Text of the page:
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Terry Lenzner/TWP
Terry Lenzner testifies before the Senate committee investigating campaign financing in 1997. (Chris Stanford/TWP)
Lenzner: Private Eye
Or Public Enemy?

By Ken Ringle
Washington Post Staff Writer
Monday, March 2, 1998; Page C01

Terry Lenzner is not Philip Marlowe. But is he Dirty Harry?

The private investigator who testified last week before special prosecutor Kenneth Starr's grand jury and has been likened to President Clinton's private CIA, is a man of enormous extremes and contradictions, according to friend and foe alike.

He's an Exeter-and-Harvard-trained lawyer who tossed over corporate law for corporate and political gumshoeing; a devoted and protective father who's left a trail of enemies in his professional life; a cardiac bypass veteran who pops nitroglycerine pills before marathon tennis games that he treats like holy wars.

He has fought organized crime as a U.S. attorney in New York and defended antiwar activist Philip Berrigan on charges of plotting to kidnap Henry Kissinger. He's been a zoning attorney for Conrad Cafritz and documented rumors of a sexual assault on a teenage babysitter that then loomed large in a U.S. Senate campaign in Maine.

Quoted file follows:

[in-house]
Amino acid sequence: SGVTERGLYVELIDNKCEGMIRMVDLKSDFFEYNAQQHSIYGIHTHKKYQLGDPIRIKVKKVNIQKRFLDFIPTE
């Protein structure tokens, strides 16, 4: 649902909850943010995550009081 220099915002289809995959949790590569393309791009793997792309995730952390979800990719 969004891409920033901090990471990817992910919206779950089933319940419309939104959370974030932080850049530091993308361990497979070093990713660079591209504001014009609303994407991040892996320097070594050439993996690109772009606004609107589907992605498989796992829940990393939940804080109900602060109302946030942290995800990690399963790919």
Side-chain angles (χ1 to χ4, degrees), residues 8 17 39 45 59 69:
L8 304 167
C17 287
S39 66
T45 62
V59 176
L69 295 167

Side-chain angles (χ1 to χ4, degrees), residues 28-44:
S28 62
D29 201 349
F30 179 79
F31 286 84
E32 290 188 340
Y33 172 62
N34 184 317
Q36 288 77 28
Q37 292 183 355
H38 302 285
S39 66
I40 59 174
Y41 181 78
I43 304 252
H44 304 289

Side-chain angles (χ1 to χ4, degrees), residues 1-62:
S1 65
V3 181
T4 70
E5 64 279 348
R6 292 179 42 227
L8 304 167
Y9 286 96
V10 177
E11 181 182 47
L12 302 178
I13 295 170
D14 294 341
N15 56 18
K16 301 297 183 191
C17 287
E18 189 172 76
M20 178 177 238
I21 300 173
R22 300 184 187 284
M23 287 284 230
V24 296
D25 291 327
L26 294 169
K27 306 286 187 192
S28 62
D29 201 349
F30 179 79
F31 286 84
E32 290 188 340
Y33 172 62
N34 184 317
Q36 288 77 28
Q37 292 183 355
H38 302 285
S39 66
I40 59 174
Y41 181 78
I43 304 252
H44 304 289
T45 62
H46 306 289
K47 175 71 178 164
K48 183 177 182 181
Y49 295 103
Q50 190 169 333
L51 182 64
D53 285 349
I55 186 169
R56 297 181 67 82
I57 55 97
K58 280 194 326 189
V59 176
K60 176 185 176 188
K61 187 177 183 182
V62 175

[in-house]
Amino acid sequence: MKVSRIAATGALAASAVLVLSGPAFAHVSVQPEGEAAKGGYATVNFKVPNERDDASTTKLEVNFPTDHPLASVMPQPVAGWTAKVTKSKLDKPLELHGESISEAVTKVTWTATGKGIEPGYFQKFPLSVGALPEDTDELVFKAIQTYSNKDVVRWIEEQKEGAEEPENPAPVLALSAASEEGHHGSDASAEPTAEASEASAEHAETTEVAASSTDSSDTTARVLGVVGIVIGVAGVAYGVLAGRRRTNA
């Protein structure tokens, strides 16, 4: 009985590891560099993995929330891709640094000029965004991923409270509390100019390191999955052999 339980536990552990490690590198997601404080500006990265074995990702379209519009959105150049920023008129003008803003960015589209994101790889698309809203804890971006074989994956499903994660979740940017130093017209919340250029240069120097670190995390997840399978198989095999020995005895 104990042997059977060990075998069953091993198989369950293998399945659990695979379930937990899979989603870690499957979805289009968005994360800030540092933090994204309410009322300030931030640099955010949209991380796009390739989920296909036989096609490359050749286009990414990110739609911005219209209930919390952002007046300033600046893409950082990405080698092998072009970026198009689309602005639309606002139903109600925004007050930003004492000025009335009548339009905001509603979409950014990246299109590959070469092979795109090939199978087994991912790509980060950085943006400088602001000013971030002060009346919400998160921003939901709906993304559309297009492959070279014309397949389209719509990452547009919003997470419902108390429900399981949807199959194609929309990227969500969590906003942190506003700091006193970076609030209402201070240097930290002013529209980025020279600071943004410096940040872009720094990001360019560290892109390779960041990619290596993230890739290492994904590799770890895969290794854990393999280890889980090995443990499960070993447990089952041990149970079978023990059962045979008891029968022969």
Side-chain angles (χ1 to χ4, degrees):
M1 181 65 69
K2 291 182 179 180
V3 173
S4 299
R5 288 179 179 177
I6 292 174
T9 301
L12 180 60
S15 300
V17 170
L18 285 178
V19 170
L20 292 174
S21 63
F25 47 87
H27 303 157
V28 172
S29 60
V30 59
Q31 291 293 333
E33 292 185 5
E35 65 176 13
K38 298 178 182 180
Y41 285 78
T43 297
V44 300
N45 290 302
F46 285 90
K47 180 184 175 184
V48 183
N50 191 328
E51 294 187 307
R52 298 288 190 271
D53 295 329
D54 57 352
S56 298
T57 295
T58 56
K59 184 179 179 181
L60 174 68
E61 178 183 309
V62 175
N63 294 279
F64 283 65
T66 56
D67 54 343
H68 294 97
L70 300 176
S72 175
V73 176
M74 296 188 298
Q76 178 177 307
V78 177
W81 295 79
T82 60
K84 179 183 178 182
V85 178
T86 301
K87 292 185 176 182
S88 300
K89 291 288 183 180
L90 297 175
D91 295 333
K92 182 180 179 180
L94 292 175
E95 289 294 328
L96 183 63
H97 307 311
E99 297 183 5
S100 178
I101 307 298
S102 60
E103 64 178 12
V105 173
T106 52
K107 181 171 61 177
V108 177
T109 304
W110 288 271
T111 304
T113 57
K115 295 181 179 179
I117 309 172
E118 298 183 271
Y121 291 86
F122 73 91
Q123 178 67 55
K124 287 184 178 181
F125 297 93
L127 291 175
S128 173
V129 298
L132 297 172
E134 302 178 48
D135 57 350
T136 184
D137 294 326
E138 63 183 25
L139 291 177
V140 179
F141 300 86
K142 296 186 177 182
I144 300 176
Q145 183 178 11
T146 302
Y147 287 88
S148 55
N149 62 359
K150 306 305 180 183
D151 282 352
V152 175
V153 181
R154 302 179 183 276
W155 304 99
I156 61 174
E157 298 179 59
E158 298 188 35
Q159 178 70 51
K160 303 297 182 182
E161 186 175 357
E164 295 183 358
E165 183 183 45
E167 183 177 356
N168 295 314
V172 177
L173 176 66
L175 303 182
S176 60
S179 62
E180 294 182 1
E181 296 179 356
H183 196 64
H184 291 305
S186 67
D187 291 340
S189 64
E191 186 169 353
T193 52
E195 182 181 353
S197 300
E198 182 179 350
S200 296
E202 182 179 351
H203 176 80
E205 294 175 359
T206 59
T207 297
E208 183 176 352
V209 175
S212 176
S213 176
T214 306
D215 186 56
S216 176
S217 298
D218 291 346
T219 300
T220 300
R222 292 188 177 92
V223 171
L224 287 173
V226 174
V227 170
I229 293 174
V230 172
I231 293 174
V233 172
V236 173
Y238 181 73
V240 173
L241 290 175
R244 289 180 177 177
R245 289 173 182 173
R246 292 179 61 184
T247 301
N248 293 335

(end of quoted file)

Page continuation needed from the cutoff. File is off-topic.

"Terry is a very, very complex man," says a Cleveland Park neighbor who claims long friendship. "He's a perfect Type A personality: smart, aggressive, obsessive and more than a little paranoid. He's got a sense of humor and unlike so many people in Washington he's not consumed by self-importance. But God help you -- and I really mean that -- if you're on the other side. He's got a dark side that's pretty scary."

Lenzner himself declined to be interviewed for this story. But Monroe Price, a professor at Cardozo Law School in New York who has known Lenzner since the 1960s, says, "My image of Terry is the boyish charm of the guy who was captain of the Harvard football team and always saw that in a larger context . . . sort of the last real citizen-athlete. Maybe he just always needs to be captain."

In a Washington legal community that often appears overfed and stultifying, Terry Falk Lenzner, 58, moves with the black-hat swagger of the maverick hired gun. His friends say it's an overdrawn image, sharply at odds with his past as a Justice Department civil rights attorney in the 1960s, a onetime member of Harvard's board of overseers, and the president of a modest family foundation that last year scattered $42,500 among 36 schools and charities ranging from Bennington College to the House of Ruth.

Yet Investigative Group Inc. (IGI), the firm he founded 14 years ago after a fractious decade in corporate law, ranks as a major strike force among the nation's swelling legions of button-down dirt diggers. Claiming cyber-savvy expertise and access to 140,000 databases as well as near global reach on behalf of its clients, IGI has been retained for everything from checking out potential business partners in the former Soviet Union (he's hired former KGB agents to help with that) to helping would-be professors unlock the tightly held secrets of earning academic tenure at Harvard. According to the Wall Street Journal, he was even hired by Ivana Trump to investigate her rival, Marla Maples.